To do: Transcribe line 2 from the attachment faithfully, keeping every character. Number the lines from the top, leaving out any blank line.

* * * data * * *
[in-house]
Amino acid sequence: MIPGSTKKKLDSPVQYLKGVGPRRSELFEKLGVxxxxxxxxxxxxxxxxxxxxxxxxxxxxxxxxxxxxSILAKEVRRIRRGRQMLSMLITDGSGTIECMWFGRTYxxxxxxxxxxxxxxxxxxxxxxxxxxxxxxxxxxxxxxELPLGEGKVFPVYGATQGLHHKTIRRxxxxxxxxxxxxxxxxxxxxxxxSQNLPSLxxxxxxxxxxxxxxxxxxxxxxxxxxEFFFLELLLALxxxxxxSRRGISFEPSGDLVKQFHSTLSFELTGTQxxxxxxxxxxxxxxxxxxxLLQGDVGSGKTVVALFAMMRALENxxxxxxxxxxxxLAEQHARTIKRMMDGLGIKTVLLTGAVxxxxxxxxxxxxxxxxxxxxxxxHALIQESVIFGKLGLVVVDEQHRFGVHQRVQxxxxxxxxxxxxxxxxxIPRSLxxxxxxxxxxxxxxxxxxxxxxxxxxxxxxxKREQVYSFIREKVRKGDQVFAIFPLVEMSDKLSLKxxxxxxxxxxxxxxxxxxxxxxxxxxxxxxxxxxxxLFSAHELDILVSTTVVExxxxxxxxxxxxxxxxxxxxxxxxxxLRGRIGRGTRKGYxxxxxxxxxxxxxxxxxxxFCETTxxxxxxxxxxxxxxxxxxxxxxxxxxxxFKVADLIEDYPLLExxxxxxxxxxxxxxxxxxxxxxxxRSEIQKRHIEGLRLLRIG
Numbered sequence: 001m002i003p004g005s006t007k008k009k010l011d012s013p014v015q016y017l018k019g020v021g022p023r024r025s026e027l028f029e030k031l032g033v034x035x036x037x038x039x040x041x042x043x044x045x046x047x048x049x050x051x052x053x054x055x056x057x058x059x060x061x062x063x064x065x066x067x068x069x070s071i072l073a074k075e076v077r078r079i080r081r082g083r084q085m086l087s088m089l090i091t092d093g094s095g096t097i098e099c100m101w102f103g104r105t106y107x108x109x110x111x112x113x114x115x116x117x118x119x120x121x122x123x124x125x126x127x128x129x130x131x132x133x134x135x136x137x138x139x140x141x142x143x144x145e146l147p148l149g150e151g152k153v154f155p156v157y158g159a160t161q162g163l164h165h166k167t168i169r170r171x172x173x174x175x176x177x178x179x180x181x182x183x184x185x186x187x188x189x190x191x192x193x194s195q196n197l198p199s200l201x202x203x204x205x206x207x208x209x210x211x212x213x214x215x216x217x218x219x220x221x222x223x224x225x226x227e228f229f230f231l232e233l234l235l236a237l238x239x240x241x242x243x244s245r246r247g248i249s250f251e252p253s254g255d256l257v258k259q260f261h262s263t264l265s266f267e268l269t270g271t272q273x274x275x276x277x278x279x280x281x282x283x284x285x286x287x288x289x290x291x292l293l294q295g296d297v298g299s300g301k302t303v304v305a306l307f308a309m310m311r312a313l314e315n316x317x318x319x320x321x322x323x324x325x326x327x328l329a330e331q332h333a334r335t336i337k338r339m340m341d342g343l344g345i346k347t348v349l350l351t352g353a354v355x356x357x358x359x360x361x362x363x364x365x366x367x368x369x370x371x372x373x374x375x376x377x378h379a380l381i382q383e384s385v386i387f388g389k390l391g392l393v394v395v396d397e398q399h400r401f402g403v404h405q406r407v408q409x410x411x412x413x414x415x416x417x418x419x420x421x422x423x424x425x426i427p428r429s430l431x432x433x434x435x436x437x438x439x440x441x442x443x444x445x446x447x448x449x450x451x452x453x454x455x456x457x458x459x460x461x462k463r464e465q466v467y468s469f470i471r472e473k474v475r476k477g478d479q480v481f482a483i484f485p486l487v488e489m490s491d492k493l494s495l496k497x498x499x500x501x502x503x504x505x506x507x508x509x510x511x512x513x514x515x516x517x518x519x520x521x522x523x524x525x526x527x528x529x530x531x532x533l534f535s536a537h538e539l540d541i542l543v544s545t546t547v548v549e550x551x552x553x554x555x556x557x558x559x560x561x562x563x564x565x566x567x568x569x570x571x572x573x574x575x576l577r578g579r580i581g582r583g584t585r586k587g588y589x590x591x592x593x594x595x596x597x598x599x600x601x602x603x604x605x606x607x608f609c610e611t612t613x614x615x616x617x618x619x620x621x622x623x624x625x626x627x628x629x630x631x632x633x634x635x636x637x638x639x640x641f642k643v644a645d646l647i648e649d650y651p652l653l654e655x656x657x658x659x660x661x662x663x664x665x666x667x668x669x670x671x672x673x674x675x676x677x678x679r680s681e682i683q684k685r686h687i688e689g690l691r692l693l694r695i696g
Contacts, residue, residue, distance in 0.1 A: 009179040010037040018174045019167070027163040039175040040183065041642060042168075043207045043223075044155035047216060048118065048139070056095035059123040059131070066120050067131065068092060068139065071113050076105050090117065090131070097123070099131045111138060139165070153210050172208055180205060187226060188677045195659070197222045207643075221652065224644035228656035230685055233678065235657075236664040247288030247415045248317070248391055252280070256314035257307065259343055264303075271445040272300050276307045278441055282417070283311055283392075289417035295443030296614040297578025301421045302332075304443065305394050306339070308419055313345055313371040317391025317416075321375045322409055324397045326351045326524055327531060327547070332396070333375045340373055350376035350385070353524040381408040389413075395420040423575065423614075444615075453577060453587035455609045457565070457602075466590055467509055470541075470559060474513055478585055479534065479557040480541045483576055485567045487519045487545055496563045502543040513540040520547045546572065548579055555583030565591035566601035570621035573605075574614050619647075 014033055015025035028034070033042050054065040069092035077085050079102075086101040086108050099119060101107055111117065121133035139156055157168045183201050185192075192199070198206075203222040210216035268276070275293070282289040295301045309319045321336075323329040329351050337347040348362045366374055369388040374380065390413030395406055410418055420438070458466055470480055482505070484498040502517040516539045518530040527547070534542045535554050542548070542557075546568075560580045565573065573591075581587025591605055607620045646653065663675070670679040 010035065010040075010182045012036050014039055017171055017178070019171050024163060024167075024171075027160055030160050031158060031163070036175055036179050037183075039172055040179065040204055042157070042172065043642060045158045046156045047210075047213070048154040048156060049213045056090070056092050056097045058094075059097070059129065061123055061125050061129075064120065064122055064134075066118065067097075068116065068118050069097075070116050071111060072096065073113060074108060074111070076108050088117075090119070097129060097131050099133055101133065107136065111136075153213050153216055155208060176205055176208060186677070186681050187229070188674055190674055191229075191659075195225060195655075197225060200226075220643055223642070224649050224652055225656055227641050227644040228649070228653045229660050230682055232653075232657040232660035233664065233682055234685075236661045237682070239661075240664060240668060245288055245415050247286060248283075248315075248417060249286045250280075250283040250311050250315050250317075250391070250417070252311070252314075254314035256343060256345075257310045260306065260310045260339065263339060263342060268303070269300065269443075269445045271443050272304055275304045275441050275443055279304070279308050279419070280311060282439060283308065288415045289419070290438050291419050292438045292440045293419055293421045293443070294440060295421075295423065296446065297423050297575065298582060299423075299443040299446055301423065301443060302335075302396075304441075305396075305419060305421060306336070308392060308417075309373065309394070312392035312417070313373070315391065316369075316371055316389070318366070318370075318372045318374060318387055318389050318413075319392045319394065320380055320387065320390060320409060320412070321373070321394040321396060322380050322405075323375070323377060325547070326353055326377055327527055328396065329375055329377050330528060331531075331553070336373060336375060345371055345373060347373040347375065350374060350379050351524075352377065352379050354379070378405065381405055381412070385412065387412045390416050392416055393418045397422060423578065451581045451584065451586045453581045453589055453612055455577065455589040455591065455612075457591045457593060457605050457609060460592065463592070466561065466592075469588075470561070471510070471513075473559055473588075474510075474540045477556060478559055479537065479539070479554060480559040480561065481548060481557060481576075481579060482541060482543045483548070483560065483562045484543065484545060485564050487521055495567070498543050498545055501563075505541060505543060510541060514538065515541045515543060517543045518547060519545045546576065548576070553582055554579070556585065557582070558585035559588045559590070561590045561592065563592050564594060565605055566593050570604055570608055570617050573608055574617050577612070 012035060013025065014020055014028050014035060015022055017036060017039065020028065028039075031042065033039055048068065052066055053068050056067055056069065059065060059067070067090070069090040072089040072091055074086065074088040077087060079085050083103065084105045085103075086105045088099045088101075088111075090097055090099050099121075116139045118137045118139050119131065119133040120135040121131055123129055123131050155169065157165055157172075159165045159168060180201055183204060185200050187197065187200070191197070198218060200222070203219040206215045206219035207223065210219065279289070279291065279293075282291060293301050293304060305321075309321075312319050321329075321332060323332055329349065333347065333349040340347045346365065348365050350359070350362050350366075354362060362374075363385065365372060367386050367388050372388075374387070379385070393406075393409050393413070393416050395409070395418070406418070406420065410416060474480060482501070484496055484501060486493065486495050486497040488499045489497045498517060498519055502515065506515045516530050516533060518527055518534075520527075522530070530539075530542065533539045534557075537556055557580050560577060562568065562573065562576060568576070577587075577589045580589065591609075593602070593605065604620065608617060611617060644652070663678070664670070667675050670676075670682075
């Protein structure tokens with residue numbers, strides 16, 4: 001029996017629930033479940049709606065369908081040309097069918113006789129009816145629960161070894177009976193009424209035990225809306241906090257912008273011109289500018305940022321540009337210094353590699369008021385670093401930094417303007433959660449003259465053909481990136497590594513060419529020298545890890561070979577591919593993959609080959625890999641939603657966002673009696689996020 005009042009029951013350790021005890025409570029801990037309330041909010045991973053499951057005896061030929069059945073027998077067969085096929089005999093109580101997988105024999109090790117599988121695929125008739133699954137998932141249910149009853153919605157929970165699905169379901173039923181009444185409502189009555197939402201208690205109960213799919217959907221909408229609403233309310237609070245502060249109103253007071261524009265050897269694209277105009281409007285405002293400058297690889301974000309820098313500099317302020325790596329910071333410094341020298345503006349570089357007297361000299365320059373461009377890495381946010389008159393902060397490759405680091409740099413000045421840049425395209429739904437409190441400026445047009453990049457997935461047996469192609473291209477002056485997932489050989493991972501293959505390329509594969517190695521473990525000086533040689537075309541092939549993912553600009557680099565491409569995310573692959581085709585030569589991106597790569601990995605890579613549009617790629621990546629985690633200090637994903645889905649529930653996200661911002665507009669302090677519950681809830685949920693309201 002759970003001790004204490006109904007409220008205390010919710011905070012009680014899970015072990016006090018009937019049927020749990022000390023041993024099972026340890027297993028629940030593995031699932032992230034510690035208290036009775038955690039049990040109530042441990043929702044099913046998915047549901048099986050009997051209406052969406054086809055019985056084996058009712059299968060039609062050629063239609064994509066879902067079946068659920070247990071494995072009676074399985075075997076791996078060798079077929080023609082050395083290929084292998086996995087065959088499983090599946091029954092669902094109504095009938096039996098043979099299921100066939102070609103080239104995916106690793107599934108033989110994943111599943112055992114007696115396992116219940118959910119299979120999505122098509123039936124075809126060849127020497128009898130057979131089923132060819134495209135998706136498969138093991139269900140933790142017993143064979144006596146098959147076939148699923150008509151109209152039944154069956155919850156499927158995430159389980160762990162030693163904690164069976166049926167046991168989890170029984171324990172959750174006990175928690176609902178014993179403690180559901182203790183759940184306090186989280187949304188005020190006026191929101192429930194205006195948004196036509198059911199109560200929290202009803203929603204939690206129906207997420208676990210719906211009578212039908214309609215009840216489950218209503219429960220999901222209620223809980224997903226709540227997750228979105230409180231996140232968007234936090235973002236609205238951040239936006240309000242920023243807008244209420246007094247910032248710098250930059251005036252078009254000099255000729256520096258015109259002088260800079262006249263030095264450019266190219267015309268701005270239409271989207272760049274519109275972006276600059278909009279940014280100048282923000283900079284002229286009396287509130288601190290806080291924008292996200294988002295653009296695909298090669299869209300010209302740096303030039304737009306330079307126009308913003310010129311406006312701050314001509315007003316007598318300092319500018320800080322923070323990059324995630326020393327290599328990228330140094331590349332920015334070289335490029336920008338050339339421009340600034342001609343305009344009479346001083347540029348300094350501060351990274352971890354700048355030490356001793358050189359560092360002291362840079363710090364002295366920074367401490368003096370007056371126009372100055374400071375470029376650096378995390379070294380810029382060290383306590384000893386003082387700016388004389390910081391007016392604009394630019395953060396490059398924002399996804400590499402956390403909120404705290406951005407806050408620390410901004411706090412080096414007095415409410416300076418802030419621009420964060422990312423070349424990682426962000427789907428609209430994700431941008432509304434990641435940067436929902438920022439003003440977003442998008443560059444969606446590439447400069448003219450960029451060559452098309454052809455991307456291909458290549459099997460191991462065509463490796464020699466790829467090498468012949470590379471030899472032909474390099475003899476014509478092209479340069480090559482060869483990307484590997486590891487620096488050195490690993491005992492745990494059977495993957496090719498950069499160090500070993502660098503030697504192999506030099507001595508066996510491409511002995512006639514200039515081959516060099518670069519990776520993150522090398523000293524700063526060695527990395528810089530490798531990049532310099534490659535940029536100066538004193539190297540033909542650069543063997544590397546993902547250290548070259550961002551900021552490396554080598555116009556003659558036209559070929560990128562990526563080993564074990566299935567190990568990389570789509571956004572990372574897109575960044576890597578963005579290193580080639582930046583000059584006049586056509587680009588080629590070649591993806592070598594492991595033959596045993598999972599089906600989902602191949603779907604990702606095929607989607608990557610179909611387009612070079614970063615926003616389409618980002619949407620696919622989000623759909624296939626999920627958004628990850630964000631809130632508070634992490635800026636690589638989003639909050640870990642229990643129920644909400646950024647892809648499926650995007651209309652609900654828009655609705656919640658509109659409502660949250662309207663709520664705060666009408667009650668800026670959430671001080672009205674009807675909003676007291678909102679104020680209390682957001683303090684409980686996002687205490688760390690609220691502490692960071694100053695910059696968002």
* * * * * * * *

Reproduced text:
Amino acid sequence: MIPGSTKKKLDSPVQYLKGVGPRRSELFEKLGVxxxxxxxxxxxxxxxxxxxxxxxxxxxxxxxxxxxxSILAKEVRRIRRGRQMLSMLITDGSGTIECMWFGRTYxxxxxxxxxxxxxxxxxxxxxxxxxxxxxxxxxxxxxxELPLGEGKVFPVYGATQGLHHKTIRRxxxxxxxxxxxxxxxxxxxxxxxSQNLPSLxxxxxxxxxxxxxxxxxxxxxxxxxxEFFFLELLLALxxxxxxSRRGISFEPSGDLVKQFHSTLSFELTGTQxxxxxxxxxxxxxxxxxxxLLQGDVGSGKTVVALFAMMRALENxxxxxxxxxxxxLAEQHARTIKRMMDGLGIKTVLLTGAVxxxxxxxxxxxxxxxxxxxxxxxHALIQESVIFGKLGLVVVDEQHRFGVHQRVQxxxxxxxxxxxxxxxxxIPRSLxxxxxxxxxxxxxxxxxxxxxxxxxxxxxxxKREQVYSFIREKVRKGDQVFAIFPLVEMSDKLSLKxxxxxxxxxxxxxxxxxxxxxxxxxxxxxxxxxxxxLFSAHELDILVSTTVVExxxxxxxxxxxxxxxxxxxxxxxxxxLRGRIGRGTRKGYxxxxxxxxxxxxxxxxxxxFCETTxxxxxxxxxxxxxxxxxxxxxxxxxxxxFKVADLIEDYPLLExxxxxxxxxxxxxxxxxxxxxxxxRSEIQKRHIEGLRLLRIG